It was the most intense tropical cyclone ever to hit the mainland of the United States. Having a pressure of 892 millibars at landfall in the Florida Keys, it packed winds of an estimated 185 miles per hour and carried a storm surge of 20 feet. More than 400 people lost their lives from the storm.
Another hurricane slammed into the Gulf Coast, carrying winds close to 180 miles an hour, and even after it had weakened into a tropical depression, it deposited 40 or more inches of rain, causing massive flooding and killing more than 100 people.
The first storm, the Labor Day Hurricane, happened in 1935, while the second is the infamous Hurricane Camille, which came ashore in 1969. While they still remain the two most intense hurricanes ever to strike the USA, no one ever has suggested that either had anything to do with climate change.
No one doubts, however, that if either of those two Category 5 hurricanes were to occur today, a chorus of scientists, politicians, and journalists would claim that their intensity was due unequivocally to global warming. Global warming activists Michael E. Mann, Susan J. Hassol, and Thomas C. Peterson recently wrote in the Washington Post:
Hurricanes get their energy from warm ocean waters, and the oceans are warming because of the human-caused buildup of heat-trapping gases in the atmosphere, primarily from the burning of coal, oil, and gas. The strongest hurricanes have gotten stronger because of global warming. Over the past two years, we have witnessed the most intense hurricanes on record for the globe, both hemispheres, the Pacific and now, with Irma, the Atlantic.
As Roy Spencer and other scientists have noted, however, there is no scientific proof that storms are becoming stronger than they were before. Simple observation tells us that if storm intensity were due simply to global warming – with earth becoming increasingly warmer each year and a steady upward pattern – then the Atlantic Ocean that produced a Category 5 hurricane nearly a century ago should be producing out-of-category storms on a regular basis today.
In the aftermath of Hurricane Katrina in 2005, climate change advocates intoned that similar storms would become a “new normal,” but neither their climate models nor their own logic could have predicted a 12-year hiatus in major hurricanes striking the USA. That the hiatus would violate their own predictive models simply was ignored, as activists have turned to a new strategy: criminalizing so-called climate denial.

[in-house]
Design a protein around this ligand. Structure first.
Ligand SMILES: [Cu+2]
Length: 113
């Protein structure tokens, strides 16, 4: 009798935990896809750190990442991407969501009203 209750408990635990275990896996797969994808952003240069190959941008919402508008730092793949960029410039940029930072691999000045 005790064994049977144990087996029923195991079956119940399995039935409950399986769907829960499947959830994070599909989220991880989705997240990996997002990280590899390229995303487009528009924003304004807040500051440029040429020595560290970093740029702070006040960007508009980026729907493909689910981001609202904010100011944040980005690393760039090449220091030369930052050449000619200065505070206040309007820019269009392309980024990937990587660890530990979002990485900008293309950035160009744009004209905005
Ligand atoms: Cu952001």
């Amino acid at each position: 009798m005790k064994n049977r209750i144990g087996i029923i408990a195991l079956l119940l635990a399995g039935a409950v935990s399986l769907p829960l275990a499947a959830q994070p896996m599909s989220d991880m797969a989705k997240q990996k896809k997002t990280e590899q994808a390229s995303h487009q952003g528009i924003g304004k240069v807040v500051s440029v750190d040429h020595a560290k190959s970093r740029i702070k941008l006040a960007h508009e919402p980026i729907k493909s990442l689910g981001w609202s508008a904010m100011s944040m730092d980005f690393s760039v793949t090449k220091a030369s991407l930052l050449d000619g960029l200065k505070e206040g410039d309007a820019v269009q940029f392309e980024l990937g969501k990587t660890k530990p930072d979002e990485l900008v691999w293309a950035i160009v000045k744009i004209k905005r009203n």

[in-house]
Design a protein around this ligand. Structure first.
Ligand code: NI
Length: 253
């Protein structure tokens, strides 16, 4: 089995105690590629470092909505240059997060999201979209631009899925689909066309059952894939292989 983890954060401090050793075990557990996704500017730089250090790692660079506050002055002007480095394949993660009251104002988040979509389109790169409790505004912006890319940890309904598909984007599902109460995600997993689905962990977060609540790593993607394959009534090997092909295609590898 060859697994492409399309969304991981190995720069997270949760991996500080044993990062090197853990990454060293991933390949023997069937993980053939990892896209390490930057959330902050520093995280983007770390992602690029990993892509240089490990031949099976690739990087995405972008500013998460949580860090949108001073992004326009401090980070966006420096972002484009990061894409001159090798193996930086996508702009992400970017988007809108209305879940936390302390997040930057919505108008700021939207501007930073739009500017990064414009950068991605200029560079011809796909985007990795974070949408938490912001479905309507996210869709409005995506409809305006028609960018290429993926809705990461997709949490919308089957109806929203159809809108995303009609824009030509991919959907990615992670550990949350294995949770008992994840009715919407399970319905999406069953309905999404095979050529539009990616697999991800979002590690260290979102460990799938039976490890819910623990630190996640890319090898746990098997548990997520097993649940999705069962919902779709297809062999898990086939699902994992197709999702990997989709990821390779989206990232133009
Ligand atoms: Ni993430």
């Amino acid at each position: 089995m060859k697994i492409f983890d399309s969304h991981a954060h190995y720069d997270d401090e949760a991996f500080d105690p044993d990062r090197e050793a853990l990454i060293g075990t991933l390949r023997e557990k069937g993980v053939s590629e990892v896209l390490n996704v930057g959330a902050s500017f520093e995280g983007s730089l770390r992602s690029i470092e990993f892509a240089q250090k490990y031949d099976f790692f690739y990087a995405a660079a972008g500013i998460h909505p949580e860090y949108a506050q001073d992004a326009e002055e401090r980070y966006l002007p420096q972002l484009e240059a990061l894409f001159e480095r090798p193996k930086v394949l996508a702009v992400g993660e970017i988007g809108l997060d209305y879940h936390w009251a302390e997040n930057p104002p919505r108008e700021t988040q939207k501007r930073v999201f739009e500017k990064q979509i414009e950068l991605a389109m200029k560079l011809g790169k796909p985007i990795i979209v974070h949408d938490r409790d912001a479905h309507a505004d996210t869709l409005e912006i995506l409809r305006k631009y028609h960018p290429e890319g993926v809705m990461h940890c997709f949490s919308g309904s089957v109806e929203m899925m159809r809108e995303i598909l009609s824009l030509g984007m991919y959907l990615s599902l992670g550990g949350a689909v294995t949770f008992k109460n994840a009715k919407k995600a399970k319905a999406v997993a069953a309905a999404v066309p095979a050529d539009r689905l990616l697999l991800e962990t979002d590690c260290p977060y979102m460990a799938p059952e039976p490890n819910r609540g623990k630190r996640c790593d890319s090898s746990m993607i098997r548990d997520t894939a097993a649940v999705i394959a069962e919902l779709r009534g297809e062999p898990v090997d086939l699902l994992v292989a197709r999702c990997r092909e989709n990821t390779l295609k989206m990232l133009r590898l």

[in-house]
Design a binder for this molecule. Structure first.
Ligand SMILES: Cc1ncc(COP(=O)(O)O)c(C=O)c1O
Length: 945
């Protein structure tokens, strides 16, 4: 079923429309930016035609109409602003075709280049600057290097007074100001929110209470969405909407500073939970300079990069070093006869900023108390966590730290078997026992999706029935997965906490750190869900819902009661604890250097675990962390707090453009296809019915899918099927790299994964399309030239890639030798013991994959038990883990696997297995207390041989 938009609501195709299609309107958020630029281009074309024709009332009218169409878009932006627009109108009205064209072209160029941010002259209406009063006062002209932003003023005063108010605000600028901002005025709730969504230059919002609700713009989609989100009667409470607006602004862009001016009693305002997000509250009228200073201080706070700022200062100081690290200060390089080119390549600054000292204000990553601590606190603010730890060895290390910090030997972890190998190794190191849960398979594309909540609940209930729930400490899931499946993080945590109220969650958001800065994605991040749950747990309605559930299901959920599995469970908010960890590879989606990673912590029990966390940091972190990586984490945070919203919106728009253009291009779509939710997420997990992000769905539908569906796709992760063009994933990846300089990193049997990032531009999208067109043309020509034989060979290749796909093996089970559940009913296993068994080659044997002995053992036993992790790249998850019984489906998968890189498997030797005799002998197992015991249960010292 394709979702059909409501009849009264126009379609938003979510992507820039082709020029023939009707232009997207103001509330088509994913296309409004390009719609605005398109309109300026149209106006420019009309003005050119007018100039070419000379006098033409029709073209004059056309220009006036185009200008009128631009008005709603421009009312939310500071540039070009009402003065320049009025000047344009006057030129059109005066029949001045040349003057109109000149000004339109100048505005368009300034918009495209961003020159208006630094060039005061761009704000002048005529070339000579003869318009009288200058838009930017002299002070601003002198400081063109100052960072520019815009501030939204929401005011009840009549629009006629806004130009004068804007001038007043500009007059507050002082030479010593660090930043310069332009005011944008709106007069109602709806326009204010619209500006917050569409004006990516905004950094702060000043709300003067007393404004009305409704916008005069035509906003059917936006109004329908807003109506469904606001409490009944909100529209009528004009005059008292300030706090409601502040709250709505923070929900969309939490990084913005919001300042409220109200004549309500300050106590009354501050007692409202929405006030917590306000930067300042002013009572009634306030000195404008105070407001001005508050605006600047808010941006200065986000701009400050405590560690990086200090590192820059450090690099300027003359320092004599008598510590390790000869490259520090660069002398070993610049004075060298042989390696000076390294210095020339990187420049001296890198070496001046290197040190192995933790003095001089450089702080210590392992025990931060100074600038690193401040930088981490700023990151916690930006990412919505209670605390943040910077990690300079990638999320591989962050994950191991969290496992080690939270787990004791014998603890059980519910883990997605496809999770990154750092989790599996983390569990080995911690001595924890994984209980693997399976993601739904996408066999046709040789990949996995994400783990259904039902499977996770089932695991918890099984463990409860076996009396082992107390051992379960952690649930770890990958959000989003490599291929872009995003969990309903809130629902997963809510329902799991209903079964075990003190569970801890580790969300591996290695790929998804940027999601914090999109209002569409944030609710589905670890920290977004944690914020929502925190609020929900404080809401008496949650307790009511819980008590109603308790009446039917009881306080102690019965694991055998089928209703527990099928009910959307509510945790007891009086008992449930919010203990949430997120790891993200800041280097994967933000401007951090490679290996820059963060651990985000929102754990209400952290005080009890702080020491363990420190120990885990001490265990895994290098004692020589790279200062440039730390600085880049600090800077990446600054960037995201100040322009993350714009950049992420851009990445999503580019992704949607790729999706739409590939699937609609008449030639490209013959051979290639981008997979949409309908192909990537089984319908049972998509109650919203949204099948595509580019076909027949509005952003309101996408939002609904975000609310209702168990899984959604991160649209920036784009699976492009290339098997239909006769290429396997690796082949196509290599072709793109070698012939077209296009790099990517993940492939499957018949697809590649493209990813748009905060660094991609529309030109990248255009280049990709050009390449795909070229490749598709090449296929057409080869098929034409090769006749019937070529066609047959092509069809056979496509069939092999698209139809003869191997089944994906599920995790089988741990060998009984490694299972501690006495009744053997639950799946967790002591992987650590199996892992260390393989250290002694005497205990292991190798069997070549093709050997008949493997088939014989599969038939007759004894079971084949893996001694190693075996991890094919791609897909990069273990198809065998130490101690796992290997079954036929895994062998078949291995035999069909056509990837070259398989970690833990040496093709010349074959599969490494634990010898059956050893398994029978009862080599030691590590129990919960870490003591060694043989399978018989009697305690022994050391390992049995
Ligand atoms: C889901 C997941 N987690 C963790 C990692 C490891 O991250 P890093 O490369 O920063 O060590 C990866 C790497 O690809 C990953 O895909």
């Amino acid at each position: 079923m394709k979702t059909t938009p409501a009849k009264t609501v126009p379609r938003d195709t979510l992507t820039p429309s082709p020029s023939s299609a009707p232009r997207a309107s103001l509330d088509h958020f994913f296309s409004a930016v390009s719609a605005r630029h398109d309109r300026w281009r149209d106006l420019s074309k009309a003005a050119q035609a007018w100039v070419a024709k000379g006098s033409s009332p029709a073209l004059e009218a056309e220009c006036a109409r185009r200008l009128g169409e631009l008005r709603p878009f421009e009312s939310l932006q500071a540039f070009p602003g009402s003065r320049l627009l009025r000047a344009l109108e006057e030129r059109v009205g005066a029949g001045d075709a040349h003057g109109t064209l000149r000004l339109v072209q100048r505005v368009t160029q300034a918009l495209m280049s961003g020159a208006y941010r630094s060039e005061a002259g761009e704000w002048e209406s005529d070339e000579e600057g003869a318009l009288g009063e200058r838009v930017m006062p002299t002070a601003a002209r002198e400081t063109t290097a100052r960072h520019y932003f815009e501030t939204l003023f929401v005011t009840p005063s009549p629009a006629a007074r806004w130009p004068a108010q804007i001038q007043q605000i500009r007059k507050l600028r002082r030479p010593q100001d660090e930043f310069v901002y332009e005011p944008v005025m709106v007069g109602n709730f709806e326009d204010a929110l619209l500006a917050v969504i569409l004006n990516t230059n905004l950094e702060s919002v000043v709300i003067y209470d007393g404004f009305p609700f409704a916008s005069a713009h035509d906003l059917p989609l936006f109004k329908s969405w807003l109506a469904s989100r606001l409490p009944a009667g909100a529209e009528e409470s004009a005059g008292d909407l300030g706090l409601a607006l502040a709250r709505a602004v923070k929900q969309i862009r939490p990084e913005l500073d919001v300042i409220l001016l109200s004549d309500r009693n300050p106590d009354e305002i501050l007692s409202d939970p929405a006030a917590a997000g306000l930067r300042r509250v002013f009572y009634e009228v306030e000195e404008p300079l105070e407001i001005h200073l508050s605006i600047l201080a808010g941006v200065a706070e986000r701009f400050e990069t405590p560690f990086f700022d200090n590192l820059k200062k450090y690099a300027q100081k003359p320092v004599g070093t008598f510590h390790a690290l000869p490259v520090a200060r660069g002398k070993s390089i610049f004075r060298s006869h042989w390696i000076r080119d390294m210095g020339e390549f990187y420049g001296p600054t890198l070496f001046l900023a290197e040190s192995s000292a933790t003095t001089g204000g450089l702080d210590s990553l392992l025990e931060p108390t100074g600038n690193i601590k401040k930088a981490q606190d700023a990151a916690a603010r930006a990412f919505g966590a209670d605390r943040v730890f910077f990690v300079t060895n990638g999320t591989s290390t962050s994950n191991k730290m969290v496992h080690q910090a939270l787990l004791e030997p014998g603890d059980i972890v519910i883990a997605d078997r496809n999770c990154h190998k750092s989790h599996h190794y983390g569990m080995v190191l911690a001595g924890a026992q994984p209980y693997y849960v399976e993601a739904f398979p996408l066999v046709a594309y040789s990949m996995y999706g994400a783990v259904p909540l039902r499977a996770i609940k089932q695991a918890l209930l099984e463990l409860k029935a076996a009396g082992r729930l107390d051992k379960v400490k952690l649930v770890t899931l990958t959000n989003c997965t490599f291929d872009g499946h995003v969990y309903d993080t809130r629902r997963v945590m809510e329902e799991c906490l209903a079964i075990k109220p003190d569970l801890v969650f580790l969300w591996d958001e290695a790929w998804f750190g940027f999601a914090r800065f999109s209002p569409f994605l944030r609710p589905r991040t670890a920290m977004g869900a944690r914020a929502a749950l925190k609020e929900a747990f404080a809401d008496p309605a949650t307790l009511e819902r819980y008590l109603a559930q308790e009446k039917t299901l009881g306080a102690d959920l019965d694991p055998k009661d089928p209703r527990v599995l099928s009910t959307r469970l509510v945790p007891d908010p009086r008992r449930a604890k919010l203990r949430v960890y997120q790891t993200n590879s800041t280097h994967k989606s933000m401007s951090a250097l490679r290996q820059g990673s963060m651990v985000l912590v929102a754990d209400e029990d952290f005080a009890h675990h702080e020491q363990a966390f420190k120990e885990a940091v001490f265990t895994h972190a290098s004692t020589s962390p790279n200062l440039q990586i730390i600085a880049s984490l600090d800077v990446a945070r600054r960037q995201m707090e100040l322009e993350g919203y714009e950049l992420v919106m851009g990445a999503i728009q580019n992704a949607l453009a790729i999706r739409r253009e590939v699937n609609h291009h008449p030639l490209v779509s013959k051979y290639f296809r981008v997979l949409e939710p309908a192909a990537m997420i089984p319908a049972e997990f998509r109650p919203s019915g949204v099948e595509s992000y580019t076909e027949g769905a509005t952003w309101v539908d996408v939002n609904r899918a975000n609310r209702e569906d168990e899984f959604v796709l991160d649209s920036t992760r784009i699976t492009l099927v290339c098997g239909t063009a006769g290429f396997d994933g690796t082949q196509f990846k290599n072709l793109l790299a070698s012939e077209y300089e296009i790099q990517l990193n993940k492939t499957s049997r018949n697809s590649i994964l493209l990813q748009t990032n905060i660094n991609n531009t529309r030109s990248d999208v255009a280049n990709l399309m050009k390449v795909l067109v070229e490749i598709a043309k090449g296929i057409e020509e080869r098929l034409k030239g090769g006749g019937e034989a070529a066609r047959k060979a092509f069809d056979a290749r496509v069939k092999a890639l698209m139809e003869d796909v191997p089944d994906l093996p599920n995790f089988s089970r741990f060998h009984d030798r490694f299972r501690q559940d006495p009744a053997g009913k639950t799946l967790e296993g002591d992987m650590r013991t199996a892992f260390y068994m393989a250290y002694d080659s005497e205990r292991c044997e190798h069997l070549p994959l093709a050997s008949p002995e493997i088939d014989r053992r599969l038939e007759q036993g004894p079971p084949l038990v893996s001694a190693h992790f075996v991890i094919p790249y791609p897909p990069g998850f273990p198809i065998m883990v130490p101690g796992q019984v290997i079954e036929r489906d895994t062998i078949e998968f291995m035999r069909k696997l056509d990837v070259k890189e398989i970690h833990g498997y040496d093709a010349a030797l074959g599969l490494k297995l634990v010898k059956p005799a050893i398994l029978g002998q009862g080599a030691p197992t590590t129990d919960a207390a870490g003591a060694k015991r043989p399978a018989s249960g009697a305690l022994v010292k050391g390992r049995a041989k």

In the aftermath of Hurricane Harvey, The Nation declared that people who deny that climate change is responsible for bad weather are guilty of murder and should be criminally punished:
"It is past time to call out Trump and all climate deniers for this crime against humanity. No more treating climate denial like an honest difference of opinion."
One might recall that following World War II, Nazi officials and collaborators were tried on charges of “crimes against humanity.” Many were executed, and thousands more were imprisoned. While The Nation has not yet called for mass executions and imprisonment of those who do not share the beliefs of the publication, one might recall that The Nation has supported communist revolutions for the past century in which mass executions, torture, and imprisonment were the norm.
It is not only The Nation that is calling for harsh sanctions against so-called climate deniers. In 2016, then-U.S. Attorney General Loretta Lynch told Congress her office not only was looking into civil action against the “deniers,” but also had “referred it to the FBI to consider whether or not it meets the criteria for which we could take action.”Likewise, when she was California attorney general, Kamala Harris, now a U.S. Senator and a reported candidate for the Democratic Party presidential nomination in 2020, ordered a criminal investigation of Exxon-Mobil Corporation to see if the company had deliberately lied to the public about the so-called dangers of climate change.
As more and more politicians and journalists call for criminal prosecutions of scientists and their associates for simply disagreeing with people like Michael Mann, the dangers of an American version of Lysenkoism increase. (Trofim Lysenko was a Soviet scientist whose dangerously wrong views on agriculture gained Stalin’s support. Dissenting scientists were fired, imprisoned, and even executed for their alleged apostasy.)
Unfortunately, we seem to beyond a point where even honest discussions about the weather are possible. Not that long ago, a politician that ran on a platform of giving us better weather would have been relegated to the Pantheon of Losers. Today, at least one major political party requires such promises as a condition of nomination, and they are fast moving to a place of no return. Any scientific discussion that questions “orthodoxy” at all is considered heresy.